Well, I use a moistened cotton bud. You get a finer movement. You're able to move the genital tissue around. I think it's a bit more respectful in a way, it's a bit more clinical. They're very good devices for eliciting more specifically where there is pain. So for example, if you see an interlabial split or a split on the fourchette, you can pinpoint quite well with a cotton bud.
And also if people have got significant pain, you can be quite specific in where you're pressing to elicit pain. If I'm doing it in examination for pain, now I will usually press with the cotton button on their thigh and say, "I will be pushing about this hard. I want you to tell me what this feels like." So they then have an understanding of what the kind of baseline is like for that touch element and what they're comparing it to.
Could you clarify then how you would take a sample after testing the area for any particular symptom?
So when taking microbiological samples, I would use a fresh swab for taking a sample from the vulva, and I would use a separate swab for taking any samples of discharge within the vagina.
So we've spoken about an approach to vulvovaginitis that could be applicable for any aged woman. For the different populations, can you give us an idea of the most likely and the most most diagnoses and then the ones that are often missed?
So if we start with children, young girls presenting usually with vulval itch, irritation or pain, the approach is much the same, but I always want a chaperone or a parent present. And you have to really make the young girl feel at ease. The most common diagnoses would be either some form of contact irritant. And so whether that's soaps or bubble baths, or urine is not an uncommon contact irritant, wearing bathers for too long and getting some chafing. So that's probably number one.
Then I would be looking to see if there was the fairly classical appearance of really introital redness with a discharge that we often see with group A strep infections, the strep pyogenes, which can also cause tonsillitis and impetigo. And the other most common infection that I've encountered in this setting is pinworms, so the pinworms are both in the anus and also in the vagina. And then also other skin disorders. So persistent in a prepubescent girl could be a sign of eczema or seborrheic eczema or lichen sclerosis, which is one of the genital dermatoses which classically presents with itch in that age group. And you'd see white plaques or pallor, sometimes skin split some time.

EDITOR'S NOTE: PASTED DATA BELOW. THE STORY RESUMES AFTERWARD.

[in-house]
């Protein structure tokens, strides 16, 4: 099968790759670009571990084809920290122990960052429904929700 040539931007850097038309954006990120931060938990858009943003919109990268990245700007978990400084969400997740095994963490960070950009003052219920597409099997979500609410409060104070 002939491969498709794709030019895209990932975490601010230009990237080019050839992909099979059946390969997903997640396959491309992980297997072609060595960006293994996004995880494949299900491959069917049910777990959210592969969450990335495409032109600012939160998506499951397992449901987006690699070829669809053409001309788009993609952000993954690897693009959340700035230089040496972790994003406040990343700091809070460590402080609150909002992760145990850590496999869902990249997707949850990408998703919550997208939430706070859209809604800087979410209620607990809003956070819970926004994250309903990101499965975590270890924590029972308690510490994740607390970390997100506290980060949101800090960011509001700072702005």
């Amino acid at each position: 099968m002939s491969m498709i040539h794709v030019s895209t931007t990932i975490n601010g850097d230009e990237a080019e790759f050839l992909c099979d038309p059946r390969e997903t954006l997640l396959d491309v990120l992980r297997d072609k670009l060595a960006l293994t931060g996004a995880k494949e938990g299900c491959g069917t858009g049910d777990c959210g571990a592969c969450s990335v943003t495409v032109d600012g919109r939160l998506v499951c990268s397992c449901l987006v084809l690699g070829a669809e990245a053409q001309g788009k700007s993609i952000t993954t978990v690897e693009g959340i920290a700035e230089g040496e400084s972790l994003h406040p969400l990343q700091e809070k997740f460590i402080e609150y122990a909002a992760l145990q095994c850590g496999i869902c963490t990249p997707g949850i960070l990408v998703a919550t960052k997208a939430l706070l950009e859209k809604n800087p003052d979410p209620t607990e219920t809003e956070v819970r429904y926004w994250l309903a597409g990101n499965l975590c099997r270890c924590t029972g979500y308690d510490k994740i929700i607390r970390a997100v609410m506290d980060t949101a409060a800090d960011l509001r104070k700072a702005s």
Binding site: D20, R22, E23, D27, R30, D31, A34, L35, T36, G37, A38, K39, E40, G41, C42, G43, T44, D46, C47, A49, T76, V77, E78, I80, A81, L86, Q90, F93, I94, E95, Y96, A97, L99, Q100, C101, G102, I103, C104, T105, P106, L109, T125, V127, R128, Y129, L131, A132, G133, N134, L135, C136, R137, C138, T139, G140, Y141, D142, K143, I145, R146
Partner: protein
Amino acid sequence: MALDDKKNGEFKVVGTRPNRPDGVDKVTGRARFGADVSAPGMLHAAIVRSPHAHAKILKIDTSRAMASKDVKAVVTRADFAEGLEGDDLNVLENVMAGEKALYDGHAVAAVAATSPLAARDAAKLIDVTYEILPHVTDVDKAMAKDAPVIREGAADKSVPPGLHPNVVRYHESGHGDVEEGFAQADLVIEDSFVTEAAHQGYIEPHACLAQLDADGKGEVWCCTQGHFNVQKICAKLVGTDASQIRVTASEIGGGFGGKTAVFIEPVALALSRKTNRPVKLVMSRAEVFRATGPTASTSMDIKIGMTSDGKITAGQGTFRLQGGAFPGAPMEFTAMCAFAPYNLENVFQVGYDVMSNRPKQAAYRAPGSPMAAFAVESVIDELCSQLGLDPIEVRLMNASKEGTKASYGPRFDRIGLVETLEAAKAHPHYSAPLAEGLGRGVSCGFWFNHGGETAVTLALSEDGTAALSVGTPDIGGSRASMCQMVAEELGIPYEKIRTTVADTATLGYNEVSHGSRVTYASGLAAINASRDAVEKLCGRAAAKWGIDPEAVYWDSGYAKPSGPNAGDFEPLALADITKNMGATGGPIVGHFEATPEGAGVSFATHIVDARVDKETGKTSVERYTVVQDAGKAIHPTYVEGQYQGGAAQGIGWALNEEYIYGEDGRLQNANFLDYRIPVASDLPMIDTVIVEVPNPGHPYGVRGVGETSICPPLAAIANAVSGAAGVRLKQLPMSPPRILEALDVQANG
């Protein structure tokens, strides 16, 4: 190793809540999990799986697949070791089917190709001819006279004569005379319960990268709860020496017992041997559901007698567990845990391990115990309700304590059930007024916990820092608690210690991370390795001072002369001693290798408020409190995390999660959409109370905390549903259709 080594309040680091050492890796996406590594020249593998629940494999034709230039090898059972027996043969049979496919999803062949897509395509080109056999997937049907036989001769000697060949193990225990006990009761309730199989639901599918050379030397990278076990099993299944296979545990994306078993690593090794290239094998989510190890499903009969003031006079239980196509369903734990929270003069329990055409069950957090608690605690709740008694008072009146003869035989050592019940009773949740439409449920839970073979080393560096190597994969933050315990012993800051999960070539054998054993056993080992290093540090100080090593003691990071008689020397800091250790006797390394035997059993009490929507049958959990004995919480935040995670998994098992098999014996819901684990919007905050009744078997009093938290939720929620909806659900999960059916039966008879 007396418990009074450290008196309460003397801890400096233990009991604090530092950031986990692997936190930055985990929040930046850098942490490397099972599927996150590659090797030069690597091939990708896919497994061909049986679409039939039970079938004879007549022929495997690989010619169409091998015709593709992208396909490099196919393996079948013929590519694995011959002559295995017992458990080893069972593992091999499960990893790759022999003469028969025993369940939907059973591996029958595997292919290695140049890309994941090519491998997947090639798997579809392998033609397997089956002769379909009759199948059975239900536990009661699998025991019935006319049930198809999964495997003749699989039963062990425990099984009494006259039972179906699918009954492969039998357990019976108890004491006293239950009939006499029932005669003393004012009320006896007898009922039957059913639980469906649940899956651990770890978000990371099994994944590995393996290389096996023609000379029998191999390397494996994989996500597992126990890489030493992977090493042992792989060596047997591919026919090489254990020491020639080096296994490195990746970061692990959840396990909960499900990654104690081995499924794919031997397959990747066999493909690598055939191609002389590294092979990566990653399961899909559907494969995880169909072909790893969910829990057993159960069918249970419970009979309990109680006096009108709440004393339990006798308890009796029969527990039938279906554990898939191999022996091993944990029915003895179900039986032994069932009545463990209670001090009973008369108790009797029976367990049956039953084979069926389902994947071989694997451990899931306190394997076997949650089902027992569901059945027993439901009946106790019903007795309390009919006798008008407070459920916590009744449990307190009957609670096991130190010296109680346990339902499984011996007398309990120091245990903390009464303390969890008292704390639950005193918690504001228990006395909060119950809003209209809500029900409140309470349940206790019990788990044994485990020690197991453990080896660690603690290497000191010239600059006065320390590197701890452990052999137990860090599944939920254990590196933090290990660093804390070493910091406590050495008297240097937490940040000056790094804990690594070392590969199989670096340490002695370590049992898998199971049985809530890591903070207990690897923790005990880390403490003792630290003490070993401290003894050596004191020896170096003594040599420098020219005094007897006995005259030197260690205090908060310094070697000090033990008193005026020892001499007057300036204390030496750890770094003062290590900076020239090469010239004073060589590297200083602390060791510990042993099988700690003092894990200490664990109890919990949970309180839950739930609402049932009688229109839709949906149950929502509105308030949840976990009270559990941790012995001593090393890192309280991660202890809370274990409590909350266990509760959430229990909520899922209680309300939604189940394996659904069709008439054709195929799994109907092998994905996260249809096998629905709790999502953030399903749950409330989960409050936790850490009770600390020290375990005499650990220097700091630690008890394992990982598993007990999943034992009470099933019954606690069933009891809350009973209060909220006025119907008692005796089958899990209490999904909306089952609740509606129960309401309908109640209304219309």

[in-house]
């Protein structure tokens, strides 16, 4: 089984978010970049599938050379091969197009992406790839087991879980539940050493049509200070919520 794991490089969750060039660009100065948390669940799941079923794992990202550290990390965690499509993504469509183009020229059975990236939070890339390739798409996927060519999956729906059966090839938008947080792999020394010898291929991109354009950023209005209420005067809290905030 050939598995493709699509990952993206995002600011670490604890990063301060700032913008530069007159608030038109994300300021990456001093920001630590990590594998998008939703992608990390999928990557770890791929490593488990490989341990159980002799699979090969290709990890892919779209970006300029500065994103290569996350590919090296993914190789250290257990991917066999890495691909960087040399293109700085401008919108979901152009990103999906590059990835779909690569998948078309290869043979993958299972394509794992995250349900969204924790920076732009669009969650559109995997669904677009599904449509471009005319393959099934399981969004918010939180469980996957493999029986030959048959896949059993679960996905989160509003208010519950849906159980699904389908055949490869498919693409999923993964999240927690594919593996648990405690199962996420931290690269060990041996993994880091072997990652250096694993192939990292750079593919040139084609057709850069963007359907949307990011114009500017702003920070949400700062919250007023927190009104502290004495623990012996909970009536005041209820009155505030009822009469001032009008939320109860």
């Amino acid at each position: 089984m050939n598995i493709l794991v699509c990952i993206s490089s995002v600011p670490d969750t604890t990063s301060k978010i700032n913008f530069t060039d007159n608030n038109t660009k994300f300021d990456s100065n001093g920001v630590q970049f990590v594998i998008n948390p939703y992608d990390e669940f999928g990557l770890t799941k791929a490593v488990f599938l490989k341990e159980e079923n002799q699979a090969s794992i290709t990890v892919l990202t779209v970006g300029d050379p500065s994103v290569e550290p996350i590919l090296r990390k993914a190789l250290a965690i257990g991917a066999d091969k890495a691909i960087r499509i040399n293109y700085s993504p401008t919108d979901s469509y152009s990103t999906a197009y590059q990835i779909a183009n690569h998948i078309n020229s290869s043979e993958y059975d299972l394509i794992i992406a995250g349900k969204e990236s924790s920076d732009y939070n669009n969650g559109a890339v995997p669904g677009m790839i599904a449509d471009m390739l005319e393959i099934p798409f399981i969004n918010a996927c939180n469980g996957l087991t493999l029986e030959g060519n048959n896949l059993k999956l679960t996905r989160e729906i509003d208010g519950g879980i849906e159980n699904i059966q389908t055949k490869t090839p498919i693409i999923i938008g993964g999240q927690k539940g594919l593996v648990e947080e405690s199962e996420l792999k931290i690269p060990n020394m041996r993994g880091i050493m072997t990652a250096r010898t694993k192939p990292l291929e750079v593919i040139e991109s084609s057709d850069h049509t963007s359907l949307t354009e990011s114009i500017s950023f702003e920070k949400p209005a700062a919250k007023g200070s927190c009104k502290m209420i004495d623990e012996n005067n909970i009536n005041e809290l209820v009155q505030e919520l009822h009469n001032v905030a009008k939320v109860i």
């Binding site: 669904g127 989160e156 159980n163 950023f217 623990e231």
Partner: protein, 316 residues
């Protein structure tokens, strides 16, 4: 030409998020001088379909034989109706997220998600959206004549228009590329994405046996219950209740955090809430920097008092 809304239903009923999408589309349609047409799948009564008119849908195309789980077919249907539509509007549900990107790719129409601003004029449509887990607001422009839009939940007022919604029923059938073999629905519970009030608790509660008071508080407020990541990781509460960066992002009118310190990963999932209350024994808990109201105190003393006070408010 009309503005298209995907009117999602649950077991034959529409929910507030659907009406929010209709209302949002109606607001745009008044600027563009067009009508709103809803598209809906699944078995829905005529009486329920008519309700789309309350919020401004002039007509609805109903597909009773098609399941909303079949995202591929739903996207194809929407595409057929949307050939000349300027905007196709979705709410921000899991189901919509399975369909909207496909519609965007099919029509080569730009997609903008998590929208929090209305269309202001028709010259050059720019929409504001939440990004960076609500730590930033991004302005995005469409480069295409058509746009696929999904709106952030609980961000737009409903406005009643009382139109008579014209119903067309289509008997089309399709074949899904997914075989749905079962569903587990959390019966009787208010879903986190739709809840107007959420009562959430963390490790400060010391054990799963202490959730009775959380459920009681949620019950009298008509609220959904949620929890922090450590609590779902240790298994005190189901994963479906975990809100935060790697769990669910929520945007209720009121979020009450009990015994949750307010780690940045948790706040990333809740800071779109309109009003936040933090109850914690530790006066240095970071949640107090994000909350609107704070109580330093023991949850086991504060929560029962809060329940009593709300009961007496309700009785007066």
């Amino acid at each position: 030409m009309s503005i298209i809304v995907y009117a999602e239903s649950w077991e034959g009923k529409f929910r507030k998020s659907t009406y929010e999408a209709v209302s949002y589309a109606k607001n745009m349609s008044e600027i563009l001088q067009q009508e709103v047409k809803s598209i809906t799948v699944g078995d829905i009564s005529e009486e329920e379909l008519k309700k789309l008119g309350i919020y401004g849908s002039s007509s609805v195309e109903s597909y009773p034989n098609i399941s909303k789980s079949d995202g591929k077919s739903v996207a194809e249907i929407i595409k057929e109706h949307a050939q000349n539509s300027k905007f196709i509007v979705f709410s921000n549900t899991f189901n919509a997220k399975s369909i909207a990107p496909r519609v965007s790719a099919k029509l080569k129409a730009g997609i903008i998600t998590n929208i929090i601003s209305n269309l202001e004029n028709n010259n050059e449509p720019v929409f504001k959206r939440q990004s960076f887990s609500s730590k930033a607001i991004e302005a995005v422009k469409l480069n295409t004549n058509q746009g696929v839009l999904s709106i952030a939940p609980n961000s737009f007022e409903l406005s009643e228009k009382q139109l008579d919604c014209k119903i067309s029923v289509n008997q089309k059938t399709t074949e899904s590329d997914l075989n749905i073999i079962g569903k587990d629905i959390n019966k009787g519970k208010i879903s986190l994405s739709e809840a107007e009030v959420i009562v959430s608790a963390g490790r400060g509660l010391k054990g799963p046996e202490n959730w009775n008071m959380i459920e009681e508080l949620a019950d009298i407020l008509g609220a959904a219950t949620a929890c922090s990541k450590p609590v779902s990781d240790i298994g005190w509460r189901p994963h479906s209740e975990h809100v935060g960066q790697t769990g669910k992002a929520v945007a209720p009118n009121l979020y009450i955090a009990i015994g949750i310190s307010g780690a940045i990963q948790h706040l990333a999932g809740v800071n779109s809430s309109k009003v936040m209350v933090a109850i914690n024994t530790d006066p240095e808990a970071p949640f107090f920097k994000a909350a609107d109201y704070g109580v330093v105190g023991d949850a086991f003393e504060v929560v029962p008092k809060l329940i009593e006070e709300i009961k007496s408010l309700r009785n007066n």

And you've outlined a lot of these differentials in the articles so that if anybody would like to read about them in more detail further, they can as well.
So in the reproductive age group, I think that adage that not all that itches is thrush is really important because that's the go-to for most people. They'll think, "Oh, I must have thrush." And it's not uncommon to see women who come in and say, "I've had thrush for the last five years and I can't seem to get on top of it."
And it's also not uncommon that they haven't actually been examined throughout that time. So a lot of doctors make that mistake as well. So you must examine in case you're really missing one of the other conditions as seborrheic eczema, seborrheic dermatitis, where there's a lot of itching out in the hair-bearing areas of the vulva. That's really very common.
And a good examination and a good pinpointing of where the person is itching is really helpful in that instance. But still, most commonly it would be a candida infection that will cause symptoms in a lot of women, but you need to confirm that that is the case. And I would always swab even if I think there may be an eczema dermatitis condition, I'll take a swab to see whether or not there is coinciding candidiasis. Beyond candidiasis, bacterial vaginosis doesn't tend to cause much itch, it tends to cause a lot more discharge, odour and a little bit of irritation.